The first lady of the black press, first black female radio and television commentator and the first black reporter to cover the Vietnam War. All of these incredible acclamations belong to the one and only Ethel Payne yet, she goes unheard of in most history and journalism classes. After her death in 1991 the Washington Post goes on to say “had Ethel Payne not been black, she certainly would have been one of the most recognized journalists in American society. But because of the effects of discrimination in this field, she was, to a large degree an unsung heroine.” She didn’t just wake up and become the first lady of the black press she worked hard at it in 1948 is when she got her “break” into the world of reporting. Payne was a hostess for a military social club in Japan where should would document the treatment of black service men in her daily journal. She gave her journal to a writer over at the Chicago Defender (an African American newspaper) and her works were turned into a front page story and that is how her career took off.
She was originally brought on to write feature pieces for the defender but she soon took over as an investigative reporter because she knew how to get America to pay attention. Topics of race and discrimination were not seen by white American because none of their news sources covered the truth or they just didn’t care to listen. Still Payne was bold and knew how to get white Americans to see to the “black news”. At one of Eisenhower press conferences the asked him about an executive order that could end segregation across state line in train and bus travel. Eisenhower was not too happy with the question and shot back with “What makes you think I am going to give special favoritism to special interests? I am the president of all the people.” Needless to say she was froze out of every other press meeting while he was still president but, it did make white America pay attention to “black problems” instead of only going back to the news station with the predicable questions and answers they had a story that was likely new to them- problems in the African American world. Payne was able to sit at the press table for presidents from Dwight D Eisenhower to Ronald Reagan but political news was not all she covered. She worked on pieces about labor unions, the bus boycott, Little Rock Nine and the 1963 March on Washington. According to The Washington Post “she reported from 30 countries and interviewed leaders on six continents”.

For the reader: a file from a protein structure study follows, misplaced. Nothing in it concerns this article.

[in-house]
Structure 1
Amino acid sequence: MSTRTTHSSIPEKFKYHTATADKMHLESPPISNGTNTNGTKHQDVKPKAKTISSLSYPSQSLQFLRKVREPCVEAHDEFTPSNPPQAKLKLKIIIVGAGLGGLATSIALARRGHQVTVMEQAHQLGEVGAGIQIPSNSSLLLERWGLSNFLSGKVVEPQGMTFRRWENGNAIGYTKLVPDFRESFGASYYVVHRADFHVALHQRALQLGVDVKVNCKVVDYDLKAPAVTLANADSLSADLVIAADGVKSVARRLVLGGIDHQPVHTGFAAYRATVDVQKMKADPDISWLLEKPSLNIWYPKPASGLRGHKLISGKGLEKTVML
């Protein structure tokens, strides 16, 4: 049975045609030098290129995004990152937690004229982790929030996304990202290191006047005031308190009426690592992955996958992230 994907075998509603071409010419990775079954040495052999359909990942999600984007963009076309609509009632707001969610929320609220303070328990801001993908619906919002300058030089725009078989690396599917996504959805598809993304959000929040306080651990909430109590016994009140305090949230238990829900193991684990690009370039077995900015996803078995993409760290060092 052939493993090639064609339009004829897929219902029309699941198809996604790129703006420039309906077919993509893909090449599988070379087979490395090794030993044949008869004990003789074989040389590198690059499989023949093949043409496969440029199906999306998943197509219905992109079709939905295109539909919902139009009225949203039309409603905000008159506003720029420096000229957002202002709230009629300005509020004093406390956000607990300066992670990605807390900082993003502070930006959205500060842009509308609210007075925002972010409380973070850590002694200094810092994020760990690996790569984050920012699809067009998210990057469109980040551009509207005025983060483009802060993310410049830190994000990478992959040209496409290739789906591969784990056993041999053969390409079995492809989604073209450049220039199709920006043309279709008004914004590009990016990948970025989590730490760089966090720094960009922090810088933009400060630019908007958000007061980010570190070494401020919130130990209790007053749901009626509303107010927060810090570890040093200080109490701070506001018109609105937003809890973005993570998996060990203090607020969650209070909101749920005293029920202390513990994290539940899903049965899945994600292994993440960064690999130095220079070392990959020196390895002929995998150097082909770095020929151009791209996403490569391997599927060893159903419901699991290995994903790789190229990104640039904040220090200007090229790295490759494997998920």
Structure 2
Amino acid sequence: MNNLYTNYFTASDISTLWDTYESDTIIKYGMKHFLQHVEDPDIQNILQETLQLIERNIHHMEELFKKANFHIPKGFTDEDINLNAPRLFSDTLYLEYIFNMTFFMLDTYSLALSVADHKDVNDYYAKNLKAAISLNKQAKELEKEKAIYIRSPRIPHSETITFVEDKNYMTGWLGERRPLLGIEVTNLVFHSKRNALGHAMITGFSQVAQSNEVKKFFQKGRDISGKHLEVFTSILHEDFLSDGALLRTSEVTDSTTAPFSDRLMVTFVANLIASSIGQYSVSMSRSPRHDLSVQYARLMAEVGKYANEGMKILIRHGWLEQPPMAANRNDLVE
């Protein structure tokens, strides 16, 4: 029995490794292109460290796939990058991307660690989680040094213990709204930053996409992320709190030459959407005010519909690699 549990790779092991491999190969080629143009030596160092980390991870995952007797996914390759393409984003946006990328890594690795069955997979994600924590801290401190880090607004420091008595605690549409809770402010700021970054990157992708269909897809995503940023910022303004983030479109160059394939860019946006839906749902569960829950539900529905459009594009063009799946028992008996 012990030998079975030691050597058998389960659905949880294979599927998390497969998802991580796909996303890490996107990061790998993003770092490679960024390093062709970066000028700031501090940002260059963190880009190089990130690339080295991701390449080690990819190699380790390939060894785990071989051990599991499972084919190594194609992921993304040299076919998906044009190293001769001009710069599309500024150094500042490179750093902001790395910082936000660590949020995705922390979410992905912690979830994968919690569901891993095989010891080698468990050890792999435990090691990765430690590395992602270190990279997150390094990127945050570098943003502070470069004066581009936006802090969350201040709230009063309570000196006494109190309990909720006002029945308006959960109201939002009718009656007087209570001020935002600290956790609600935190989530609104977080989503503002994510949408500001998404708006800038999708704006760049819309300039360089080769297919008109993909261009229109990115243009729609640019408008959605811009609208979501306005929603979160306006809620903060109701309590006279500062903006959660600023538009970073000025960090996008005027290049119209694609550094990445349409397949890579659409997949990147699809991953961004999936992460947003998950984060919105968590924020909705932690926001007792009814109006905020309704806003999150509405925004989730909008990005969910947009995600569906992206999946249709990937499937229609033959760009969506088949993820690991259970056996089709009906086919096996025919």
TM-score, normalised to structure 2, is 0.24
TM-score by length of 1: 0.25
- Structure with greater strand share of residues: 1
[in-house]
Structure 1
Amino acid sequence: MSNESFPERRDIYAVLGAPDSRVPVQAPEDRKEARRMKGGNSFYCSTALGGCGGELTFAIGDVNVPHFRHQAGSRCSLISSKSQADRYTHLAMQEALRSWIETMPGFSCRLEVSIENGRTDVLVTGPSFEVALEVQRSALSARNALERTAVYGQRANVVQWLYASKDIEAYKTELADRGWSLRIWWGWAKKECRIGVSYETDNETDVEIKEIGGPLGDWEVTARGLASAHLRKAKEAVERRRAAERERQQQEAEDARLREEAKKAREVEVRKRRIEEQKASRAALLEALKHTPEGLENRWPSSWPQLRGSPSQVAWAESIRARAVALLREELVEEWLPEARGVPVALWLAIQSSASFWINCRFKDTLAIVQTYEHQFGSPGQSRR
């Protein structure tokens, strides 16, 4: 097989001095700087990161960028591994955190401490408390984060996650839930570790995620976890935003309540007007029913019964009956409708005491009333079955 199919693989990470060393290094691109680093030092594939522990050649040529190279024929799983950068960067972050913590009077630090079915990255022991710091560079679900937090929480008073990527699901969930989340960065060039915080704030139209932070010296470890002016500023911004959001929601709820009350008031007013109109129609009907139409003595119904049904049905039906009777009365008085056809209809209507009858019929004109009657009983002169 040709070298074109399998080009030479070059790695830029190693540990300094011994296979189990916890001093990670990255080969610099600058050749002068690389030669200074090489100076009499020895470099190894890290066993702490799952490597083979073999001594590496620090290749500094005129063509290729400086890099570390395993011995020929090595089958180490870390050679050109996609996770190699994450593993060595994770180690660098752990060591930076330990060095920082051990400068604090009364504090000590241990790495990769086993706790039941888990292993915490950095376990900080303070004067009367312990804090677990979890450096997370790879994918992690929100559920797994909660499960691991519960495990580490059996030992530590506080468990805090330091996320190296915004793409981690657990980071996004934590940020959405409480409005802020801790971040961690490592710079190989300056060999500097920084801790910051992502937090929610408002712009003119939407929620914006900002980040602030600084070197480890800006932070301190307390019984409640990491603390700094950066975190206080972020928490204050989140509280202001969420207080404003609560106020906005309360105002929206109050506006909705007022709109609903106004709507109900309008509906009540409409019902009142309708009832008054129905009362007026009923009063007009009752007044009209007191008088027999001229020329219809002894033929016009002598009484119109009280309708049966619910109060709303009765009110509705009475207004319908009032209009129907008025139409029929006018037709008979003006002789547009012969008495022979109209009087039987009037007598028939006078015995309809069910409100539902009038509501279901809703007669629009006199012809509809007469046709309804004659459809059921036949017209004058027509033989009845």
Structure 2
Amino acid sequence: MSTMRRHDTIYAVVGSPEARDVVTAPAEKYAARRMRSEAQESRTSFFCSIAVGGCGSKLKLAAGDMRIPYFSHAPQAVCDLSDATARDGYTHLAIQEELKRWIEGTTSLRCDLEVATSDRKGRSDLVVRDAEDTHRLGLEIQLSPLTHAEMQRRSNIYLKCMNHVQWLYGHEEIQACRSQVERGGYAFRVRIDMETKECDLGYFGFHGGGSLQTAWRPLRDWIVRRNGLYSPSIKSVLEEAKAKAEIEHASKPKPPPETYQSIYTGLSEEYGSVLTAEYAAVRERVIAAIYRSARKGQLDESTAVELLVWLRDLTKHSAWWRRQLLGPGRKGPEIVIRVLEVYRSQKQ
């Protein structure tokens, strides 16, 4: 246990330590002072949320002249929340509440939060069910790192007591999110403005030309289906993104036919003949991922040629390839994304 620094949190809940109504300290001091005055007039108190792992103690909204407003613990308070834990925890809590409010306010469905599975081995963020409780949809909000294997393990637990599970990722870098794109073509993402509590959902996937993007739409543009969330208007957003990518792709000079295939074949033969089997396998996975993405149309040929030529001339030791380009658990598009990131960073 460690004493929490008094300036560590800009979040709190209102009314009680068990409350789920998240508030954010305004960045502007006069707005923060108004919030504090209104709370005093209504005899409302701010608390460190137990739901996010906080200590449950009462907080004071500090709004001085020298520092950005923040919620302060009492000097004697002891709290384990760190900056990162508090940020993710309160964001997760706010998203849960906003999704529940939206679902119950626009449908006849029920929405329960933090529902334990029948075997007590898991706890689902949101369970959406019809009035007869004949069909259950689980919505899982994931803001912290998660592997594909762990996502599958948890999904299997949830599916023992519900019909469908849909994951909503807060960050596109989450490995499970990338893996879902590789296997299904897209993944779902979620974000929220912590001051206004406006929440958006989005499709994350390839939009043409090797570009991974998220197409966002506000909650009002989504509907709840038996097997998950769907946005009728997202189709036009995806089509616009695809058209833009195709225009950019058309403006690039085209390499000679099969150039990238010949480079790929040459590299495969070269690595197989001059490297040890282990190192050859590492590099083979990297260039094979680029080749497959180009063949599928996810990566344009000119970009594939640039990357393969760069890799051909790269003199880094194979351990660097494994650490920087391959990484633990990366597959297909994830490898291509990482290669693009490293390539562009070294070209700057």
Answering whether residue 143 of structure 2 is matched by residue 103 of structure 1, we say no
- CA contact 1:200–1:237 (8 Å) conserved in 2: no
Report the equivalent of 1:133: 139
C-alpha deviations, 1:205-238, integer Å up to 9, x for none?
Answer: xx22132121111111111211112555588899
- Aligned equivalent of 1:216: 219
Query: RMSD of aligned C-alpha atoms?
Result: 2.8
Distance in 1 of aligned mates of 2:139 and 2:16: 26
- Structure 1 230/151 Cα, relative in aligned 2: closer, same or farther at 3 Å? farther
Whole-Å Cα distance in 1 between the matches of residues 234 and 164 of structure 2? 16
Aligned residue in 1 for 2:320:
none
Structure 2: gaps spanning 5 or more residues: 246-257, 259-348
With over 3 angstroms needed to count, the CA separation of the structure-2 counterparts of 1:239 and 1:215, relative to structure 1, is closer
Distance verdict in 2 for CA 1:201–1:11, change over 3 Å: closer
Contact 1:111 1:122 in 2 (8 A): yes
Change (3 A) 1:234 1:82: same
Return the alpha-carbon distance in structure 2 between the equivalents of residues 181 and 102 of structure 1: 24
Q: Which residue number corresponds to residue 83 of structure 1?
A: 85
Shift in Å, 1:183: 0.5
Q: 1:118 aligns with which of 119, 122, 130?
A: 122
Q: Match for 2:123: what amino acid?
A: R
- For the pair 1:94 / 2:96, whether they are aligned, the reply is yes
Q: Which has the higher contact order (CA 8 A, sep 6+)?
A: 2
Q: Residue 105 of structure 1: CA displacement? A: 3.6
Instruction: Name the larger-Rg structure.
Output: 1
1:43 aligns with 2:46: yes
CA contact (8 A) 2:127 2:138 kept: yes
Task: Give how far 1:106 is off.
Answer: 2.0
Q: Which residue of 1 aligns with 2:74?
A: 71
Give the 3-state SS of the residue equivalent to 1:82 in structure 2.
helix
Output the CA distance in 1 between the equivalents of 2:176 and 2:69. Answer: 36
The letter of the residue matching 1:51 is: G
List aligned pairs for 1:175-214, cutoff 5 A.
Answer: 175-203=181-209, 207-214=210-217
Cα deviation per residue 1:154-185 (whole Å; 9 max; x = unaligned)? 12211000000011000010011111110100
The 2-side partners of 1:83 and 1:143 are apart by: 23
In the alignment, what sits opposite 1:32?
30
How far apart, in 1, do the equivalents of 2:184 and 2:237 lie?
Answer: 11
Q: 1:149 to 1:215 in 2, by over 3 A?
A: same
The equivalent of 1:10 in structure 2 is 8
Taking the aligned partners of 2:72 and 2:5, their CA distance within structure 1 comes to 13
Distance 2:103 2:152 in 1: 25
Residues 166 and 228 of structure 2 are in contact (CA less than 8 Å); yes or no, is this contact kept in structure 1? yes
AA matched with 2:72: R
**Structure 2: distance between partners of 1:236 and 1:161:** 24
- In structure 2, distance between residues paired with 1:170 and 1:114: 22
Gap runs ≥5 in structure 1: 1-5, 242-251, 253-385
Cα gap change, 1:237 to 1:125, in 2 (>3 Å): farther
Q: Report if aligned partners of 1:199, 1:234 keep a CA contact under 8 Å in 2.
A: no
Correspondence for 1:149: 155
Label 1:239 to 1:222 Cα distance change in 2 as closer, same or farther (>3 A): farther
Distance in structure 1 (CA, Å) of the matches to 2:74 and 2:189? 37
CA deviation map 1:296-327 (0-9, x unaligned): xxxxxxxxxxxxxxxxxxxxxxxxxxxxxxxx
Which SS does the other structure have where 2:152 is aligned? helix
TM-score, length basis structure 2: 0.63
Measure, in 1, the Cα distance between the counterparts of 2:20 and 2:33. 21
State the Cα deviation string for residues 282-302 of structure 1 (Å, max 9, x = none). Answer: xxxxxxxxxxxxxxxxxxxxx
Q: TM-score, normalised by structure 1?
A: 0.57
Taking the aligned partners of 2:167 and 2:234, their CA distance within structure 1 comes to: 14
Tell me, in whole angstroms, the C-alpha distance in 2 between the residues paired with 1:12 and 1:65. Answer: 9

She wrote for her people and spoke out against the many discriminatory things that happened to them. She brought light to African American struggles that many main media organizations ignored. As she was quoted saying from her biography “Eye on the Struggle” “We are soul folks,” she declared in 1967, “and I am writing for soul brothers’ consumption.”